Spencer: [00:12:10] Yeah, you know, so I feel very lucky to have stumbled into my current company where I'm still there. You know, obviously I'm planning on moving on and doing real estate full time. But it's a real estate company that focuses specifically on lending to real estate investors. So here I come after getting, you know, scared off from real estate by my dad's line of work as a kid, somehow full circle ending up back in the real estate world through a tech company lens. And I'm surrounded with flippers because that's the type of investor that we work with at this company. And I just get the bug, you know, I pick up Rich dad, Poor dad, you know that you just mentioned I read the Purple Book and then I read 23 other books and I just get the bug so bad I listen to your podcast amongst many others, 400 plus podcasts. I think over a course of two years I get coaching programs going, all these different things, and I compare these strategies that are out there, like flipping, wholesaling, being a broker, and I look at the asset types, you know, single family, small multifamily, large multi-family, all these different things and after doing all that, that diligence and that nerdy research, I realized like the way that I'm going to play off not just defense but offense, like I'd like to grab the reins and do something about this is I'm going to go with, if you use that the Kiyosaki language that think he even brings up in Rich dad Poor dad of the buckets versus the pipeline right It's been mentioned a thousand times but it man did it resonate with me where you can go and create these one time cash events like dumping the bucket on the table like a flipper or wholesaler or a broker. And that's a great way to build capital one time. But I want a pipeline like I want to build passive income streams that are going to flow for all those reasons we already talked about. And so that landed me on. I got to do passive income, but we didn't start with multifamily. We went out and started doing the build of residential portfolio playbook. We bought rentals. You know, we got up to about seven rentals before we realized the late night plumbing repair call was still something you have to deal with even when you have a property manager and like it blew our minds. Like we were sitting there going, everyone told us rentals are passive. And so we built that portfolio and we still couldn't get away from having to actually deal with the headaches. And so we also had some vacancies and like we watched the vacancy go from 100% to zero and all of a sudden all of the income from these things were gone. And so we dealt with that. It didn't leave a great taste in our mouth. We still have that that modest portfolio, but we also just looked up, we looked up market and we realized that if you go and focus on the bigger stuff. It's more stable. Your vacancy doesn't doesn't go up immediately to 100% when one person leaves because you have 100 units or 200 units or 400 units in a big apartment building. And that you've also just got more predictability and more tax efficiency and all those wonderful things that come along with multifamily when you go bigger. And and that's why we passive invest in those things now.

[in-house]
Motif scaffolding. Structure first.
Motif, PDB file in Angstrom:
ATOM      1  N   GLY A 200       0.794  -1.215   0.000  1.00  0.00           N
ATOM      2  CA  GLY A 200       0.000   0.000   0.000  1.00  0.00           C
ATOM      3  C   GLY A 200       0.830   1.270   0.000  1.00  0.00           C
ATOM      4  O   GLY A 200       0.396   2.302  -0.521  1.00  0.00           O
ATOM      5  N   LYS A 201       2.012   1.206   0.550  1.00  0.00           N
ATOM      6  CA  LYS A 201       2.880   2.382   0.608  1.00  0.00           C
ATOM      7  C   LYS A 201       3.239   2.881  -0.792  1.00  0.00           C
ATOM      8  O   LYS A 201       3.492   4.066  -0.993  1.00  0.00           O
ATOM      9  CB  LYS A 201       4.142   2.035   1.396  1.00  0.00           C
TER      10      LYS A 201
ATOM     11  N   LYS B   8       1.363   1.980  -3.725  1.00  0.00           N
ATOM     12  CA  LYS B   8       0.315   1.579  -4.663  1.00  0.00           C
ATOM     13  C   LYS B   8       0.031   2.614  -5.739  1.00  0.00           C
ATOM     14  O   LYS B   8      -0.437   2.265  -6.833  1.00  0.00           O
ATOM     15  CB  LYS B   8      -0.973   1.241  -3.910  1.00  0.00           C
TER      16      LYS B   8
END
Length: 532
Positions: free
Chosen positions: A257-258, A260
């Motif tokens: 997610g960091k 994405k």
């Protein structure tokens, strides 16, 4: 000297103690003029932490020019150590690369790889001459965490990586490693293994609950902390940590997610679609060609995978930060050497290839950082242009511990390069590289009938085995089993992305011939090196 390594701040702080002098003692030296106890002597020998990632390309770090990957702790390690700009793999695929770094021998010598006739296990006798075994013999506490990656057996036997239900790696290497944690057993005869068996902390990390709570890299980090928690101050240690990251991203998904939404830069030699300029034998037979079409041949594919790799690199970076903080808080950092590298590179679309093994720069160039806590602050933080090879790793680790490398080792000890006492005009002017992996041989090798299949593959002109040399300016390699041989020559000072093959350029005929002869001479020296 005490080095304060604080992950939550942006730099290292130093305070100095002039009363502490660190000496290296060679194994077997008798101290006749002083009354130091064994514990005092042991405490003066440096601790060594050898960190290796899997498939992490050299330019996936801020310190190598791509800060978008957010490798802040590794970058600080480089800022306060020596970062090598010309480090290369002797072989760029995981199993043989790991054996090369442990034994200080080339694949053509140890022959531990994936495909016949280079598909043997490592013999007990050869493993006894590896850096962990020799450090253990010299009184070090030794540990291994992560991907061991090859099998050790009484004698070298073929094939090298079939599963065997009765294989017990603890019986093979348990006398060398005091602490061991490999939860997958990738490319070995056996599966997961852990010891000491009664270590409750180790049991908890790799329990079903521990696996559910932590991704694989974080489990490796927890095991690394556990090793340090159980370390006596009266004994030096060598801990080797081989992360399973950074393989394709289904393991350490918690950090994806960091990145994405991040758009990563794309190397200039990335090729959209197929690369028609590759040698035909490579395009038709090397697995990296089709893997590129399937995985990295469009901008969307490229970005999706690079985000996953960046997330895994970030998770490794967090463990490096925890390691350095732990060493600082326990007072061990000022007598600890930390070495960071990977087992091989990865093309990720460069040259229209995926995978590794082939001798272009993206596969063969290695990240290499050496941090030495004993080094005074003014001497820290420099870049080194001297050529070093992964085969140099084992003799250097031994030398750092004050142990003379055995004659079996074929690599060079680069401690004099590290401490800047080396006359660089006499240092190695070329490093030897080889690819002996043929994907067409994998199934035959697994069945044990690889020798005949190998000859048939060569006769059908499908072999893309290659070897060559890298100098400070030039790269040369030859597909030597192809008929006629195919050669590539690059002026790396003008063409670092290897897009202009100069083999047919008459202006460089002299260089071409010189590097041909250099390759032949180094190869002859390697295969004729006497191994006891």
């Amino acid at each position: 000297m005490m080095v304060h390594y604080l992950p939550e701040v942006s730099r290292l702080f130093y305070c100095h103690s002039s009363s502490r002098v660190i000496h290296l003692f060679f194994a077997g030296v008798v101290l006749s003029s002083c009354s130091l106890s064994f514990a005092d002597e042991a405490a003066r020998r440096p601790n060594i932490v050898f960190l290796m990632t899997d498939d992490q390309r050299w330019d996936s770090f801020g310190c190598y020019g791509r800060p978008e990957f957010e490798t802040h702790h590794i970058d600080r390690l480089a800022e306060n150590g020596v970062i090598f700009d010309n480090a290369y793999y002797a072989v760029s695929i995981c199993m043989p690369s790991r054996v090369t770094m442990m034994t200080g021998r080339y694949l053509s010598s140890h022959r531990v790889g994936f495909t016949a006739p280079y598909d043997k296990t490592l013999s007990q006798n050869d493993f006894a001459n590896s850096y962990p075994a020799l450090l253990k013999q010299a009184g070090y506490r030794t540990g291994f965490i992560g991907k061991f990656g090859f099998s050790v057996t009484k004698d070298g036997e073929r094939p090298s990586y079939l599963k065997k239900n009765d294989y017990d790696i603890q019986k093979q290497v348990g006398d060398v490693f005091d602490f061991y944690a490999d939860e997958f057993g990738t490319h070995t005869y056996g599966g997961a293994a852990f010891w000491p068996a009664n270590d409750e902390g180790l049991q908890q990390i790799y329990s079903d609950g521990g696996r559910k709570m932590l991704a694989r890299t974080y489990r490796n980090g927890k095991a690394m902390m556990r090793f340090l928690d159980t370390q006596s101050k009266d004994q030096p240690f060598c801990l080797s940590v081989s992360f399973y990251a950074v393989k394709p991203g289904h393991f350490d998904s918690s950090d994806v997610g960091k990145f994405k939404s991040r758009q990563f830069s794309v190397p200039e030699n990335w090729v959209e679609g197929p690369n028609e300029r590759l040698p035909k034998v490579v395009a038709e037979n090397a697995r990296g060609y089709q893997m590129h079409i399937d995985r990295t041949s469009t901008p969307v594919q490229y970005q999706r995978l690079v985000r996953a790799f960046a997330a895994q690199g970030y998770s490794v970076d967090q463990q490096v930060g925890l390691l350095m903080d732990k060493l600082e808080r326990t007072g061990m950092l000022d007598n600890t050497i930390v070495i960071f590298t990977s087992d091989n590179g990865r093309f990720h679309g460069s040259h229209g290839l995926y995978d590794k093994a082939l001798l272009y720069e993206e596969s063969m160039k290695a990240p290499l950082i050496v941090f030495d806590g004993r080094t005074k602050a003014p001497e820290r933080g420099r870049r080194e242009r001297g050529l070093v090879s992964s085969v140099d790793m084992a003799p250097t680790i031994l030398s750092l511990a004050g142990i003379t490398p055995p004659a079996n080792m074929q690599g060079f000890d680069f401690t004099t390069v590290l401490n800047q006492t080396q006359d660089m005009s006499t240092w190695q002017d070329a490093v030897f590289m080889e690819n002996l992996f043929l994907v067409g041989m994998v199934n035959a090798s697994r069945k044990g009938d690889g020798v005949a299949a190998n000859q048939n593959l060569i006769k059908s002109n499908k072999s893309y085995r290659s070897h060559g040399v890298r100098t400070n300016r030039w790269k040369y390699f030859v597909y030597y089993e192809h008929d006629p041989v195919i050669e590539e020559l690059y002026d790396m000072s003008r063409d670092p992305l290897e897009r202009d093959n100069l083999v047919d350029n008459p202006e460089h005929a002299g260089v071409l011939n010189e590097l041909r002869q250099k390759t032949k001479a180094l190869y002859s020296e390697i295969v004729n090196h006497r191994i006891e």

Michael: [00:15:04] Well, I agree with that. But but back to the you were buying single family. Were you landlording yourself or were these turnkeys or what kind of single family investing was this?

Spencer: [00:15:13] Yeah. So we we first bought locally. We kind of we went through the series of steps that is almost so logical, so predictable.

Michael: [00:15:21] Spence That's so predictable.